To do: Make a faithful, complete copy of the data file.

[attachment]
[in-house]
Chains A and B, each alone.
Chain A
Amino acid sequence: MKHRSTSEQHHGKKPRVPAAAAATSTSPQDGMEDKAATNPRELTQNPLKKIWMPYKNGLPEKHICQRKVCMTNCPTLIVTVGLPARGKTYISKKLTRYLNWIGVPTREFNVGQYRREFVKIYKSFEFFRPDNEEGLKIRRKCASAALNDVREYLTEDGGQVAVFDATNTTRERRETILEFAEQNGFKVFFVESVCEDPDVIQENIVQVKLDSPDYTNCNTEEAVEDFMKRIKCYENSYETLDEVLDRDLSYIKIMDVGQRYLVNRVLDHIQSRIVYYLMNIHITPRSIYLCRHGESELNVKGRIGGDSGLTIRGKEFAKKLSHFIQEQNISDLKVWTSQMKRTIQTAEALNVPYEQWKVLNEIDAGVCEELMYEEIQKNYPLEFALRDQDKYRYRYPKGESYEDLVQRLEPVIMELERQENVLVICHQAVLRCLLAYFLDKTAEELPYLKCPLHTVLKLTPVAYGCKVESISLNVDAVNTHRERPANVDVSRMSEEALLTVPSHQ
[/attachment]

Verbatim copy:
[in-house]
Chains A and B, each alone.
Chain A
Amino acid sequence: MKHRSTSEQHHGKKPRVPAAAAATSTSPQDGMEDKAATNPRELTQNPLKKIWMPYKNGLPEKHICQRKVCMTNCPTLIVTVGLPARGKTYISKKLTRYLNWIGVPTREFNVGQYRREFVKIYKSFEFFRPDNEEGLKIRRKCASAALNDVREYLTEDGGQVAVFDATNTTRERRETILEFAEQNGFKVFFVESVCEDPDVIQENIVQVKLDSPDYTNCNTEEAVEDFMKRIKCYENSYETLDEVLDRDLSYIKIMDVGQRYLVNRVLDHIQSRIVYYLMNIHITPRSIYLCRHGESELNVKGRIGGDSGLTIRGKEFAKKLSHFIQEQNISDLKVWTSQMKRTIQTAEALNVPYEQWKVLNEIDAGVCEELMYEEIQKNYPLEFALRDQDKYRYRYPKGESYEDLVQRLEPVIMELERQENVLVICHQAVLRCLLAYFLDKTAEELPYLKCPLHTVLKLTPVAYGCKVESISLNVDAVNTHRERPANVDVSRMSEEALLTVPSHQ